Robert Falcon Scott, Edward Wilson, Henry Bowers, Edgar ‘Taff’ Evans and Lawrence Oates arrived at the South Pole on January 17th 1912. It was an enormous achievement, but this fact was all but lost on the Polar Party, as they realised they had been beaten to the accolade of ‘First to the Pole’, by the Norwegian explorer Roald Amundsen and his team. As they had approached the Pole they had spotted a black flag, dog tracks and footprints. The sickening realisation that they had lost the race, dawned upon them.
For Scott, reaching the South Pole had been eleven years and two expeditions in the making. For the achievement to be shrouded in such disappointment, was a cruel blow to the great Antarctic pioneer.
Scott summed up their despair in a particularly poignant journal entry, where he wrote – “The Pole. Yes, but under very different circumstances from those expected … Great God! This is an awful place and terrible enough for us to have laboured to it without the reward of priority. Well, it is something to have got here.”
No solace could have assuaged their disappointment, and tragically the men would not survive to pluck eventual satisfaction from the enormity of their feat.
Crean and Scott’s Last Farewell
Terra Nova Expedition
January 4th 1912
On January 4th, 1912, Tom Crean would bid a final farewell to Captain Robert Falcon Scott, on the Polar Plateau, approximately 150 miles from the South Pole. Crean had served with Scott on the Discovery Expedition 1901 – 1904, and afterwards at Scott’s request, Crean joined him as a member of the crew of the Victorious in 1906. The two men would serve together from this point, right up until Scott’s untimely demise on his return from the South Pole, and they had formed a strong mutual respect for each other.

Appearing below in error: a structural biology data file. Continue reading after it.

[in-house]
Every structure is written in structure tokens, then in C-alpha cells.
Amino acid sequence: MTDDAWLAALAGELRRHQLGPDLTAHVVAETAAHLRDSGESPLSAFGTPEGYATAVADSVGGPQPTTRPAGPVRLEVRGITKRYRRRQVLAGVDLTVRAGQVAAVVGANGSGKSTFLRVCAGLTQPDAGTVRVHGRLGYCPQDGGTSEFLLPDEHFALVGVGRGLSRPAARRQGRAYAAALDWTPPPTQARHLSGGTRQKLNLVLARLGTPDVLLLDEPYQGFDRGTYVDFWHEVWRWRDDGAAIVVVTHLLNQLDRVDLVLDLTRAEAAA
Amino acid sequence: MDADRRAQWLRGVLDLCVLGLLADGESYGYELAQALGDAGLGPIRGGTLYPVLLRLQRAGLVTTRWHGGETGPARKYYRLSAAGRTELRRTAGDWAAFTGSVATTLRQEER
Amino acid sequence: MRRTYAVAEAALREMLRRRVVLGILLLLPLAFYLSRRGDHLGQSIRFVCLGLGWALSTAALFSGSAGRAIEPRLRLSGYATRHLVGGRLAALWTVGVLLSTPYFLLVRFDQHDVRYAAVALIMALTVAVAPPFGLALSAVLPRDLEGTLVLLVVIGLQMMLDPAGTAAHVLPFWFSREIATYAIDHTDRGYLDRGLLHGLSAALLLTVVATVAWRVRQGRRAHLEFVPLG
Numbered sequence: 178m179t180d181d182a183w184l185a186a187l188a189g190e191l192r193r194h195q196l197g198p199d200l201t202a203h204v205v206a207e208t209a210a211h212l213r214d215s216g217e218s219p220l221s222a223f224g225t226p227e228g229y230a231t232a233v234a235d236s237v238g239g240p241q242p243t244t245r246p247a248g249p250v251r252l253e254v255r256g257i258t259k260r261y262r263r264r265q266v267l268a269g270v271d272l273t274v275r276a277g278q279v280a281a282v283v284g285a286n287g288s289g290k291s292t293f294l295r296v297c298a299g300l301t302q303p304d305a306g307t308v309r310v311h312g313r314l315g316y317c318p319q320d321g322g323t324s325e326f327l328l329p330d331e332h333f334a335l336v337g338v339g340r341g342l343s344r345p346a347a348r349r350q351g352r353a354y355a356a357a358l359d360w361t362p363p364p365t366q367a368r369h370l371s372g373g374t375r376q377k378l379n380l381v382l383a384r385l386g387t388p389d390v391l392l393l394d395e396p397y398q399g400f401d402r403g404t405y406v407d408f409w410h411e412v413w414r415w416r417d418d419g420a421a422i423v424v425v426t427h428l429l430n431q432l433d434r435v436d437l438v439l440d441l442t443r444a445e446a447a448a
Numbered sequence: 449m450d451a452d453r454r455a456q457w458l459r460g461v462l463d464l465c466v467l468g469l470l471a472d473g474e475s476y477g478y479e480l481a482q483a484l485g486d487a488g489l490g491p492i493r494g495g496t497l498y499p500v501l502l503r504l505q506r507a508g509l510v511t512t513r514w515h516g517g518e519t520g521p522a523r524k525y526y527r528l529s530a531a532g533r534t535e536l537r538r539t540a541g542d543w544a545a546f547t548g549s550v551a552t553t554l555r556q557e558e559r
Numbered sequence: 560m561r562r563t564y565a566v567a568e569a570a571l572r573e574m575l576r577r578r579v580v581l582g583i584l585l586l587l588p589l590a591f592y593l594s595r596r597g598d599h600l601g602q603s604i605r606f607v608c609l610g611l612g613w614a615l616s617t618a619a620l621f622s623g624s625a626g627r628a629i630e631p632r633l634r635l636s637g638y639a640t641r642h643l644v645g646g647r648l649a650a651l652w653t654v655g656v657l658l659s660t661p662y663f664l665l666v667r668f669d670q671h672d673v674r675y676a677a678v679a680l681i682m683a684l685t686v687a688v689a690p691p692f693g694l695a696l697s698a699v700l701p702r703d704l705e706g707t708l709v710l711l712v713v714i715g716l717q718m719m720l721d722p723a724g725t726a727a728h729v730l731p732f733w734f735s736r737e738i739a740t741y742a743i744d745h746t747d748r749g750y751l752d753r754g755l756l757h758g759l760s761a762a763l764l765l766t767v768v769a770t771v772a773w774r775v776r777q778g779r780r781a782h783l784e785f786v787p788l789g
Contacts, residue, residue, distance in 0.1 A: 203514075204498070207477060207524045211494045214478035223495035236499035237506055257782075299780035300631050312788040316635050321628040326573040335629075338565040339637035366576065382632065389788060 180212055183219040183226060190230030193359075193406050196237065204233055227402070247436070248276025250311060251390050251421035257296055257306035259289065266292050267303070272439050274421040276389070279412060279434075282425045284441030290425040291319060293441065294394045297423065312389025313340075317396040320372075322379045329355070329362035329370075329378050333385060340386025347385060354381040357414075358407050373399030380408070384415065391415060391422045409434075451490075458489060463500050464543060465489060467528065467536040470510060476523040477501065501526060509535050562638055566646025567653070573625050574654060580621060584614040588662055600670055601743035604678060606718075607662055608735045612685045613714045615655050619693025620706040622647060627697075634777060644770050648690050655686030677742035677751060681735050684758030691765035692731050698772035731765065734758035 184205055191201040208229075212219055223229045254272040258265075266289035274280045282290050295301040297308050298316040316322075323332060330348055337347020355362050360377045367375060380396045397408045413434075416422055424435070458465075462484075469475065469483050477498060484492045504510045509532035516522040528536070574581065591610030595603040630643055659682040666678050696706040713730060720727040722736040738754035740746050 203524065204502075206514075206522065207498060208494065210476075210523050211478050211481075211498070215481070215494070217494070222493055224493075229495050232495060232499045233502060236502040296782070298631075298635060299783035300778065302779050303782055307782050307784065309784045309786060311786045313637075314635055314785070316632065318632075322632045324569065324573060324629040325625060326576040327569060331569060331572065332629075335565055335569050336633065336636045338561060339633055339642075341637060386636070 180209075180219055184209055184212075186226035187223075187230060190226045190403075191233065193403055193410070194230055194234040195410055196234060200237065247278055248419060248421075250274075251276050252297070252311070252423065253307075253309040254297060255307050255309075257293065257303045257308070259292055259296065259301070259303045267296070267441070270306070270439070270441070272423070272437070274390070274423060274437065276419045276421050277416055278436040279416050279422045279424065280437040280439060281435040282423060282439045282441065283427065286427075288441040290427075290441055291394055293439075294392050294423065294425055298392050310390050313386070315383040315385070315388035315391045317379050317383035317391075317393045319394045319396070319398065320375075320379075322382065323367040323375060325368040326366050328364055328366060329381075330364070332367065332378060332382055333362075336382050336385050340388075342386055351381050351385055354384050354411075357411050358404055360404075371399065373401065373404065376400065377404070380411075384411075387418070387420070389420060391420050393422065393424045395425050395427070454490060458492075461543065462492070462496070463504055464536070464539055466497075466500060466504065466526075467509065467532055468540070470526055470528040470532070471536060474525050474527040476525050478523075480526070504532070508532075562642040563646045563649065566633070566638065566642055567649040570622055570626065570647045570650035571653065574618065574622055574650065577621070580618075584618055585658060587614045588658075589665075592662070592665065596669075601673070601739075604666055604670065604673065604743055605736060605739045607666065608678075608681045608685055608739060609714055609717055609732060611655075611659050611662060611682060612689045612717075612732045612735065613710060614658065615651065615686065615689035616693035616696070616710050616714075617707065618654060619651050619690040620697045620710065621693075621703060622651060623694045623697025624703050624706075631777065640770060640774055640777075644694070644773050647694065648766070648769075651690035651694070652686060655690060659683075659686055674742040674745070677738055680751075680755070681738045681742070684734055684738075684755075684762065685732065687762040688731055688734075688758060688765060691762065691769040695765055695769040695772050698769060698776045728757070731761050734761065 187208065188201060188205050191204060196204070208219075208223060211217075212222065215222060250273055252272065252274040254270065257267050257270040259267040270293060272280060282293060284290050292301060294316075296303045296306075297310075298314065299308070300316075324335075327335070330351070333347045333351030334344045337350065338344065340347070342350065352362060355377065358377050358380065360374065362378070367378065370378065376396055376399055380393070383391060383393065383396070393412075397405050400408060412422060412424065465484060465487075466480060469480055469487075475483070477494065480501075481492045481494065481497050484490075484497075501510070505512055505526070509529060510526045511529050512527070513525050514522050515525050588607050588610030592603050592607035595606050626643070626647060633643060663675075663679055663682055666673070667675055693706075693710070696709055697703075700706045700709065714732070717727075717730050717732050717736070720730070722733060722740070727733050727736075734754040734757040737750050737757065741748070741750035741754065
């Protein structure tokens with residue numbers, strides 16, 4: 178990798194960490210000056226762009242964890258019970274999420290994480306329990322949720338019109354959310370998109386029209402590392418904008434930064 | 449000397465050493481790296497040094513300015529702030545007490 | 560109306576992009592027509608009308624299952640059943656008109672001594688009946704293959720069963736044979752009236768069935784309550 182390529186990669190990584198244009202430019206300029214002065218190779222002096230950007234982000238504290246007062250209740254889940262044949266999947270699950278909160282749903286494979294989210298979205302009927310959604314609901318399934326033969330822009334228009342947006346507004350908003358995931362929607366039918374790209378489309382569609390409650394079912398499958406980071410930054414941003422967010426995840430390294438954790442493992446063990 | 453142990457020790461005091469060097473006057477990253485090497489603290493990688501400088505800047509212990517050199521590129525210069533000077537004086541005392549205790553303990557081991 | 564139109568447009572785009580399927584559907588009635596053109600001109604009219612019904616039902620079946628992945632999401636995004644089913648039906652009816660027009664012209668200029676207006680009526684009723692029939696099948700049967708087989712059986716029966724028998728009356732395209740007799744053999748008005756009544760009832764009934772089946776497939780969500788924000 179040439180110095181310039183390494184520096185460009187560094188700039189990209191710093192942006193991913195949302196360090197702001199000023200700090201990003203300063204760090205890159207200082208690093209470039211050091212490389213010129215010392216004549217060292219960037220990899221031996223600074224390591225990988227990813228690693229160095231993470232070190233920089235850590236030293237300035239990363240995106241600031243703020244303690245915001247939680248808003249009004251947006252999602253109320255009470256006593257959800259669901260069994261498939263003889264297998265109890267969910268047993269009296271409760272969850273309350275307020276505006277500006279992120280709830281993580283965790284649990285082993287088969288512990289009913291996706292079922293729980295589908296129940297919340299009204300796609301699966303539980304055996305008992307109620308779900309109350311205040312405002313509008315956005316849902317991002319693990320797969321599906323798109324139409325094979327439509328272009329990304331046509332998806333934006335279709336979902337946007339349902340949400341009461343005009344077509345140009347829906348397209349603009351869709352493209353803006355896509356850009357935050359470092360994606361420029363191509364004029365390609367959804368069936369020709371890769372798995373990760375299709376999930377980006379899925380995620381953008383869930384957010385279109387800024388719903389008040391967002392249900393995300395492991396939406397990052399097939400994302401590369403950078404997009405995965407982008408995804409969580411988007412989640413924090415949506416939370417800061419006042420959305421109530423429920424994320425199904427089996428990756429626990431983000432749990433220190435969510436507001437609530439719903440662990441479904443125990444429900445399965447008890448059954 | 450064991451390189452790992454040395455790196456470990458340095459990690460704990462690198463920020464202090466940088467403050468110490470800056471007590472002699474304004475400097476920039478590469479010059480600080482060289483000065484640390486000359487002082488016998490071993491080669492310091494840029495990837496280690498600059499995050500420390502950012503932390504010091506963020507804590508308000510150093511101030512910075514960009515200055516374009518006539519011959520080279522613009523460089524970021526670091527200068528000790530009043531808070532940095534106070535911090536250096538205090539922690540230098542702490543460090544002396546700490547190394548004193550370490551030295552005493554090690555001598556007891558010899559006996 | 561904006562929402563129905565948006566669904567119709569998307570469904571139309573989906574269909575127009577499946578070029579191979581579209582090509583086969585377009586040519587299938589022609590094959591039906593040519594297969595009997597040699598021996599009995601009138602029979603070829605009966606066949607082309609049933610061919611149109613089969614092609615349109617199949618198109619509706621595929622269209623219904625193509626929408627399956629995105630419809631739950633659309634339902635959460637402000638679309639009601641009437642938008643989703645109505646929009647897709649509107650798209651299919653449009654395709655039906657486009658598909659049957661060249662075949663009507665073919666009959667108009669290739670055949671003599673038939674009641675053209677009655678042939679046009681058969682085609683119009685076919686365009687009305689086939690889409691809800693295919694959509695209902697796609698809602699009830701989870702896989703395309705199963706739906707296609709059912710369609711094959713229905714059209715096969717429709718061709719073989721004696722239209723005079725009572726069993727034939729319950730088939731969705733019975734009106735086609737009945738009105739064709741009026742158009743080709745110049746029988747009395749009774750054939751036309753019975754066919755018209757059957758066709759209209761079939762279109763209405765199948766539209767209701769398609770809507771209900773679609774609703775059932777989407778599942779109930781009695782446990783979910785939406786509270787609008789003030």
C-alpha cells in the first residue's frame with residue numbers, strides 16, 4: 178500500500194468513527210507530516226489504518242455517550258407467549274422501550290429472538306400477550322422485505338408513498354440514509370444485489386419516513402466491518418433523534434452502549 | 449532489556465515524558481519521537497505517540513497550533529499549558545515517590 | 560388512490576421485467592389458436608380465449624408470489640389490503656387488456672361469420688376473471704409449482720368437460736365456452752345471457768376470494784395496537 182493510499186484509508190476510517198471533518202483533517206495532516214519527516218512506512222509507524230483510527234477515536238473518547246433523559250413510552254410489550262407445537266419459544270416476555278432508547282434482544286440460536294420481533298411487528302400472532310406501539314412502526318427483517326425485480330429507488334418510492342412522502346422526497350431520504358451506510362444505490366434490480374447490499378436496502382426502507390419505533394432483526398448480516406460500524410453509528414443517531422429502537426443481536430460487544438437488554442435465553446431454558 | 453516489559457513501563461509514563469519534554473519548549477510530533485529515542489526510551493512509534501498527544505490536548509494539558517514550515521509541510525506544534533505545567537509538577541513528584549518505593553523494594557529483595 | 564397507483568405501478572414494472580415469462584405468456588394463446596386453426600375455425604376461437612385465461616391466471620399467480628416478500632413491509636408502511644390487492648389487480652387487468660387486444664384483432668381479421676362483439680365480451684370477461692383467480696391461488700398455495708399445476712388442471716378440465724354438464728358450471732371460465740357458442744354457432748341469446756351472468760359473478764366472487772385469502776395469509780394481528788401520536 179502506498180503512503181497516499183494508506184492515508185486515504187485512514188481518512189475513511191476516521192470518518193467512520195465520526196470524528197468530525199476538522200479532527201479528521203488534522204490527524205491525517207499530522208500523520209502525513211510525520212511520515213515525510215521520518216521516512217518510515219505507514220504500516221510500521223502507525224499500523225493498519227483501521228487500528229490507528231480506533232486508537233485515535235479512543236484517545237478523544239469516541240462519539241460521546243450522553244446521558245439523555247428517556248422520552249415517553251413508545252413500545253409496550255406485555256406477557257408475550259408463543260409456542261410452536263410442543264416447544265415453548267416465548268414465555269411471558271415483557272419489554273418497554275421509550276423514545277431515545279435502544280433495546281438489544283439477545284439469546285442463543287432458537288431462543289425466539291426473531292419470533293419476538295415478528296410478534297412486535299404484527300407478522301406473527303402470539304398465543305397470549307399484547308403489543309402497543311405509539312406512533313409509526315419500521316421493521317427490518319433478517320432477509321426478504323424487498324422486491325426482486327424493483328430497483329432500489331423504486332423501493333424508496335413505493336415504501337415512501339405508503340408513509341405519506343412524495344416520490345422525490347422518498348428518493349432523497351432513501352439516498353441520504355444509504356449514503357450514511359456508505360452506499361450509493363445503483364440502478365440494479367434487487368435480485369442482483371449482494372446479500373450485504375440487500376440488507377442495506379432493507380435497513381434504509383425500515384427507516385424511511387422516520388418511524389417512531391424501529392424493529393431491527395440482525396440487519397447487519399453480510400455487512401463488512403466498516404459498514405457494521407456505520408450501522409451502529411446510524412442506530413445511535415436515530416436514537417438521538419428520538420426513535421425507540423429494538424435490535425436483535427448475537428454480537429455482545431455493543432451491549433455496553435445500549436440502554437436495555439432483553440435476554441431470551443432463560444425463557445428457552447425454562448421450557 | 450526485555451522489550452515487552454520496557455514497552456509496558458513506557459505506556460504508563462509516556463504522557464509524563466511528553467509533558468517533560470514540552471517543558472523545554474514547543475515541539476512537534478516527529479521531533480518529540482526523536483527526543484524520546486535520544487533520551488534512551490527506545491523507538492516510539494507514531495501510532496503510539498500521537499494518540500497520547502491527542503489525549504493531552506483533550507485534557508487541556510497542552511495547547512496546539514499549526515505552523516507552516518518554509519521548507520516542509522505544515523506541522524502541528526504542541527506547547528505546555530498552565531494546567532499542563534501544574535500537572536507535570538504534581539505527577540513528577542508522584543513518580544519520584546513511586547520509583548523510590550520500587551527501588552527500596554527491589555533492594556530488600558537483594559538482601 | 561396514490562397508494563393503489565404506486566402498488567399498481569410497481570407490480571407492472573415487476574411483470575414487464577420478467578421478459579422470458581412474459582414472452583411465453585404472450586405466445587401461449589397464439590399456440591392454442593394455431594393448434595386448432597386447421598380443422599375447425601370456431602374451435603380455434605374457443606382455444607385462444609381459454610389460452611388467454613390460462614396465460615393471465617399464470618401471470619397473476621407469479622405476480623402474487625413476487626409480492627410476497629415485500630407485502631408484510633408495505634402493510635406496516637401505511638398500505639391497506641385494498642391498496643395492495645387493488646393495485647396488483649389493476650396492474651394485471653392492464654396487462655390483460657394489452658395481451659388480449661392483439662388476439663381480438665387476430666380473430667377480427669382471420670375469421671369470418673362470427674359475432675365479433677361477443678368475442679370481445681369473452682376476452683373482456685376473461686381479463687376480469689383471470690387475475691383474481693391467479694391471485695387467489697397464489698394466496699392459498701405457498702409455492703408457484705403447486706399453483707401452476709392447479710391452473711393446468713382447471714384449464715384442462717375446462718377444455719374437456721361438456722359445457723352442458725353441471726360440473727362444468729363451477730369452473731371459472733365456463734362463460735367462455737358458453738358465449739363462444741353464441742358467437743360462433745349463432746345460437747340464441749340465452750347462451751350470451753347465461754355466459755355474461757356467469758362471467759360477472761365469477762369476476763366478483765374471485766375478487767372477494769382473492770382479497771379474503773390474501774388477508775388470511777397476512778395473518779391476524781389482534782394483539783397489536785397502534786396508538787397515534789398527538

Above: Camp on the polar march taken during the last, tragic voyage to Antarctica by Captain Robert Falcon Scott and his crew, among them Lieutenant Henry Robertson (Birdie) Bowers who took this photograph, circa December 1911. Bowers and Scott were both tutored by Herbert Ponting, the renowned photographer who was the camera artist to the expedition, which enabled them to take their own memorable pictures before perishing on their return from the South Pole on or after 29th March 1912. (Photo by Popperfoto/Getty Images)
On the 3rd of January Scott had announced that his Polar Party would consist of 5 men, namely Scott, Wilson, Bowers, Taff Evans and Oates, while Tom Crean, Bill Lashly and Lieutenant Teddy Evans were to return to base, as the last supporting team. Crean was sorely disappointed, not to have been among the number of the Polar Party, and privately he had surely thought he would have been selected. When one takes into consideration, the amount of time he had served under Scott, coupled with his vast experience on the ice, he probably should have been. Crean had also been spared the rigours of man hauling the sledges, on the 400 mile Barrier section of the outward journey, as he had been tasked with leading one of the ponies. He did not fall into harness until the ascent of the Beardmore Glacier, and as a result would have had more reserves of strength than some in the Polar Party, who had hauled for the duration.
Scott referred to the returning party in his diary on January 3rd, 1912 – “They are disappointed but take it well.” But it appears Scott did have a lingering sense of guilt, regarding his decision not to elect Crean. On hearing Crean clearing his throat, Scott by way of a justifiable excuse, opined, “that’s a bad cold you have Crean.” While Crean was not a man to hold a grudge, or indeed question the orders of his Captain, he knew Scott was dishonestly trying to validate his decision.
“I understand a half-sung song, sir,” was his curt response.
It (among many other facets of the journey) has long since been argued that Scott made a grave error, by not selecting Crean, and denying the Polar Party the benefits of his indomitable spirit, character, strength and stamina. Many hold the opinion that, had the Irish Giant been among the polar party, things may not have taken such a tragic turn. The truth is we will never know.
The Death Of The Polar Party
Terra Nova Expedition